Across great distances they migrate, powered on a diet of arthropods and a blast of determination. When they stop to visit, they are among the most watchable of all wildlife, feeding and mating in wide-open spaces without inhibition. We have given them some of our most vivid and entertaining bird names – Hudsonian godwit, short-billed dowitcher, purple sandpiper, and piping plover, to mention a few.
Discussing shorebirds in the pages of Northern Woodlands may seem inopportune at first. Sandpipers and plovers are hardly birds of our woodlands. Very few nest in the Northeast. And we tend to enjoy them during the fall migration, when they concentrate along coastlines. But like much of nature, birds don’t always follow the rules we thrust upon them.
For starters, “fall” migration is a misnomer. Some shorebirds fly south as early as July. If you wait until September to discover shorebirds, at least here in the Northeast, you will have missed the bulk of the migration. The coastline is their freeway south, along which they stop to feed and refuel in tidal mudflats and marshes. But if habitat arises inland – flooded farm fields, managed wetlands, or even a reservoir whose water level is lowered to expose the mud below – shorebirds can drop out of migration to feed.
Next, forget about plumage. Most of our most brightly colored adult shorebirds will have molted from their distinctive plumage by late summer, and their young are likewise a study in browns and grays. The black-bellied plover loses it black belly; gone are the spots on the spotted sandpiper; and the purple sandpiper, well, actually, the purple sandpiper is never really purple to begin with. The skilled shorebird observer looks beyond feathers:
Size, Shape, and Posture – Get a sense of size by comparing the bird to a known species nearby. Black bellied plover (almost a foot long) can be a common and useful measuring stick. For shape and posture, is your shorebird bent over with its belly nearly dragging in the mud? Or is it standing tall on long legs? Does it have a slender, elegant neck? Or is your bird like a feathered football with a head?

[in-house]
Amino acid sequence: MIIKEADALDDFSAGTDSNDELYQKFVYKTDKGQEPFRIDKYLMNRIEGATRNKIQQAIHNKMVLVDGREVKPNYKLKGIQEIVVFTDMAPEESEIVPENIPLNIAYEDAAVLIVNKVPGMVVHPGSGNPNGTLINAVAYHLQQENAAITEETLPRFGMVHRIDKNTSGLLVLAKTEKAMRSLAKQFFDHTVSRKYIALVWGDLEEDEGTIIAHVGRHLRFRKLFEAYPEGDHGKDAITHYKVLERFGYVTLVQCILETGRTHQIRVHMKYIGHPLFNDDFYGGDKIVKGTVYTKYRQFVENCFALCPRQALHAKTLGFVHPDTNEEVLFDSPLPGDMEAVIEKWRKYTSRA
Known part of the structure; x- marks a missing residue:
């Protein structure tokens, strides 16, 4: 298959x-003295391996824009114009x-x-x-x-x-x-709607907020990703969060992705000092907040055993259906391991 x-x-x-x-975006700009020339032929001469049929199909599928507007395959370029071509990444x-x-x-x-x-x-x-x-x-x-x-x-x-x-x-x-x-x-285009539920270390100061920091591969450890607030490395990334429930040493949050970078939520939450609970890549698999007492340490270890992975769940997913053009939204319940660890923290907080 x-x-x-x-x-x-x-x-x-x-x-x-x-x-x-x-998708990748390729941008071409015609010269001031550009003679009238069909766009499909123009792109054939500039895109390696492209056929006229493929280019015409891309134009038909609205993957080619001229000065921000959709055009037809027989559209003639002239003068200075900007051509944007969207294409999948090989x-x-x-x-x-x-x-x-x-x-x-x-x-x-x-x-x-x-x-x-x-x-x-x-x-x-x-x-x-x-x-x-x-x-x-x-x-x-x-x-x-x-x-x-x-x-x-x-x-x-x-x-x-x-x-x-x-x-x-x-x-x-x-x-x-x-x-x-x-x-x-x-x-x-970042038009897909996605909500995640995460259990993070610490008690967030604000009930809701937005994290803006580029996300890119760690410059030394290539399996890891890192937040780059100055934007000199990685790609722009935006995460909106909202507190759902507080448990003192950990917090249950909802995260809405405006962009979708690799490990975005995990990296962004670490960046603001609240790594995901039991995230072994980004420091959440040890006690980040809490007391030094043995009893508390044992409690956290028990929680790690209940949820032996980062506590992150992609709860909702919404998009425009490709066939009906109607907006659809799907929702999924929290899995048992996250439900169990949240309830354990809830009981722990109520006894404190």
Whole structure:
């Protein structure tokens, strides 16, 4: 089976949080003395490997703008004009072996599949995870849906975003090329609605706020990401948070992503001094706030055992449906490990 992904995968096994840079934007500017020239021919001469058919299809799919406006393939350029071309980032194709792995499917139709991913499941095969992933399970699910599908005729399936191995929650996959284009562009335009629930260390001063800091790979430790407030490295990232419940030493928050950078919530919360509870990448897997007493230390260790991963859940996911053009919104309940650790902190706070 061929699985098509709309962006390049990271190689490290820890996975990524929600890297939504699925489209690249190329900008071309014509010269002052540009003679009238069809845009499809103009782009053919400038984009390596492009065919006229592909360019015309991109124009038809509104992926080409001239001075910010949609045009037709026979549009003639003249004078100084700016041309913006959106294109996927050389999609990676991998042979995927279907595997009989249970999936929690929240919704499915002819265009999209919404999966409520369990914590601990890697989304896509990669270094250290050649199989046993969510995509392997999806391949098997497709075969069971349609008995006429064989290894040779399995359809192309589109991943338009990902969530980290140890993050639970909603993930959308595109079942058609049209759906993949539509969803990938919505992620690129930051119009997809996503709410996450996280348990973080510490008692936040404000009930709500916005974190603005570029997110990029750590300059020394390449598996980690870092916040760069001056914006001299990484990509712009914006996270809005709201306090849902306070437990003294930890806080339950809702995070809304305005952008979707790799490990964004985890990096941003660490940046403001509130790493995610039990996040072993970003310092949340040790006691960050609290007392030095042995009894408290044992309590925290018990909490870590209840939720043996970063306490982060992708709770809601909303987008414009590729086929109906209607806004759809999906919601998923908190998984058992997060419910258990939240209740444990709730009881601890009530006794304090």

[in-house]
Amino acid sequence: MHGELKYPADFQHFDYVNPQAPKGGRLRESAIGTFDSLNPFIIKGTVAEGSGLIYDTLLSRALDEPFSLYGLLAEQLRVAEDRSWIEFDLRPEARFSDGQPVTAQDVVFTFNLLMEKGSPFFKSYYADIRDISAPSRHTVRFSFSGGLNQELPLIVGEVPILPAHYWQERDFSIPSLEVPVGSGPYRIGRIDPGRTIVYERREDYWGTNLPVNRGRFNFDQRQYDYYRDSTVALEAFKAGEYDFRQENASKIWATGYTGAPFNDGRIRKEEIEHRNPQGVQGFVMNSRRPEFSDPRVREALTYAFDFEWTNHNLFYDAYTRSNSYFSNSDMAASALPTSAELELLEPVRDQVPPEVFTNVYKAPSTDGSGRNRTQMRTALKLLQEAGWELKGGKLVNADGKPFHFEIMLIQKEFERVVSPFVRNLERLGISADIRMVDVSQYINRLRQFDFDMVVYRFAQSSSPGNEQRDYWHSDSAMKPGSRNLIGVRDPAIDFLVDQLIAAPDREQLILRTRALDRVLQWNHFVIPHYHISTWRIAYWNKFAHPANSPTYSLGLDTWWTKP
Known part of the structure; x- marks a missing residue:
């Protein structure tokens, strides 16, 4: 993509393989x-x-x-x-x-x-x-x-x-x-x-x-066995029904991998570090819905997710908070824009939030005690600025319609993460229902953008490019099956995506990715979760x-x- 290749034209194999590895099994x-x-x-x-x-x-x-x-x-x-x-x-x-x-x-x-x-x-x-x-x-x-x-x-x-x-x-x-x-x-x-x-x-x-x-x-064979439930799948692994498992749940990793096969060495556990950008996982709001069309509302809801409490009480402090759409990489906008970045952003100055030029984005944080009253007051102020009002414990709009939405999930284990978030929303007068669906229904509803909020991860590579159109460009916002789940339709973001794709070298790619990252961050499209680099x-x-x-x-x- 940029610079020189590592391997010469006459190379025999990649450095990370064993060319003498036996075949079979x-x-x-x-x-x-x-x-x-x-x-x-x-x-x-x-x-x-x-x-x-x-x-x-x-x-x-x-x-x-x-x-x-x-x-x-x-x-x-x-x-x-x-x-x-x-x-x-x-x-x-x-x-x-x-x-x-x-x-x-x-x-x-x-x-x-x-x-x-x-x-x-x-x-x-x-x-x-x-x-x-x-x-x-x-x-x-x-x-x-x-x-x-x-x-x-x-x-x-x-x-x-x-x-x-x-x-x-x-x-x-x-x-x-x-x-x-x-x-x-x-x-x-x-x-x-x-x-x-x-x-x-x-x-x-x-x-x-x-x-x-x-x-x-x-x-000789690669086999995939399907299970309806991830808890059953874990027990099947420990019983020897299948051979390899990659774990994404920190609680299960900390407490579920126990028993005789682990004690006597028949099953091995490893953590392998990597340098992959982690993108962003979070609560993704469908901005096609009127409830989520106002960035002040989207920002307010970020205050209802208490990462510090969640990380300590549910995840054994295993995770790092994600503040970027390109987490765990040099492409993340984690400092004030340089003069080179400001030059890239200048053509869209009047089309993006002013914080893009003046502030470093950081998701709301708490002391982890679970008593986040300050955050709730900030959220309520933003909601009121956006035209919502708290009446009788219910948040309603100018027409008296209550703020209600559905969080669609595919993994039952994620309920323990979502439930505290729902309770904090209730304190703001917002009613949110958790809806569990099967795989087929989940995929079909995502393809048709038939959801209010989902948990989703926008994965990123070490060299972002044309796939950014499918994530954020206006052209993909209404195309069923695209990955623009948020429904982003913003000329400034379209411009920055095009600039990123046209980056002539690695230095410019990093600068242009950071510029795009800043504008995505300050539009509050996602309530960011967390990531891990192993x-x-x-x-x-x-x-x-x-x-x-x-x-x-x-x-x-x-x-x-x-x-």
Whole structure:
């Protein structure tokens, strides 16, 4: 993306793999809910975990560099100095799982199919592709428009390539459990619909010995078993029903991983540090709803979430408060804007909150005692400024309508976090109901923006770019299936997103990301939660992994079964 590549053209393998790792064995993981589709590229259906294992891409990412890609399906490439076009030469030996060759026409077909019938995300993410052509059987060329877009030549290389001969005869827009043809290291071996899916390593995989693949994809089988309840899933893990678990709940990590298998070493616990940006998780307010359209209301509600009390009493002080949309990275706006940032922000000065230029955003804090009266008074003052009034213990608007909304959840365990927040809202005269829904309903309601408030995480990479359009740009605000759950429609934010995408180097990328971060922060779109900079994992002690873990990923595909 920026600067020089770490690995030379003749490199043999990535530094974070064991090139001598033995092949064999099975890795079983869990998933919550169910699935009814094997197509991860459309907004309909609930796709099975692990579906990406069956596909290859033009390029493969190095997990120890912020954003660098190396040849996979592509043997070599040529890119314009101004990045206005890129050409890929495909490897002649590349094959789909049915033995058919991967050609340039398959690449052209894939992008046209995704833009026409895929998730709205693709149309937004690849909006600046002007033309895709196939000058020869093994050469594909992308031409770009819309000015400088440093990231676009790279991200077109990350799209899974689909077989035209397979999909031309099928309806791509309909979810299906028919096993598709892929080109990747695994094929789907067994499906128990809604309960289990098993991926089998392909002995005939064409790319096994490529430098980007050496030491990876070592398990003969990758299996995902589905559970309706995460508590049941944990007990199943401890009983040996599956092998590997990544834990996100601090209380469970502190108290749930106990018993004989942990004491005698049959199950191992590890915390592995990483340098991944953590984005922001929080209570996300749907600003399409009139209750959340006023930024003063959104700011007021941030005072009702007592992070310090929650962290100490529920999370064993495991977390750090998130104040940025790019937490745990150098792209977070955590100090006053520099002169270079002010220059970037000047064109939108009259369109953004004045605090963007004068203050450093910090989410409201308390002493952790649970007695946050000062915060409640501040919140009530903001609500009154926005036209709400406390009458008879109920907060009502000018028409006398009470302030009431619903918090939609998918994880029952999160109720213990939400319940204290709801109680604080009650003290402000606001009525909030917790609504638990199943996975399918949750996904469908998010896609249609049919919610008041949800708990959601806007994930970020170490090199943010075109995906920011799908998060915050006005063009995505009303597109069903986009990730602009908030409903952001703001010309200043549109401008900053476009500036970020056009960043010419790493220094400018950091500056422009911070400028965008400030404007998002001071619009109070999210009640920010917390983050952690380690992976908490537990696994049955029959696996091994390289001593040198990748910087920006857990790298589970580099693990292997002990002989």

Bill, Legs, and Plumage – Is the bill stubby, medium, or long? Upturned or downturned (even ever-so-slightly)? Leg length and color can help, but realize that yellow legs can appear dark if they are covered with mud. Some notable plumage does remain on even the drab birds. Note rump color, the presence or absence of wing stripes, and any markings on the breast, head, and back. They can help.
Behavior and Sound – Dowitchers and many other sandpipers feed in mud or shallow water with a steady jabbing motion reminiscent of a sewing machine. Plovers search visually for food. They look around, run, stop, snatch food; look around, run, stop, snatch some more. We don’t use vocalization with shorebirds as much as we do with songbirds, but listen nonetheless. The least sandpiper’s rolling kreeep and the willet’s funny pill will-willet are diagnostic.
So crack a field guide and start studying your shorebirds. The “fall” migration isn’t that far off.
Bryan Pfeiffer is an author, wildlife photographer, guide, and consulting naturalist who specializes in birds and insects. He lives in Plainfield, Vermont.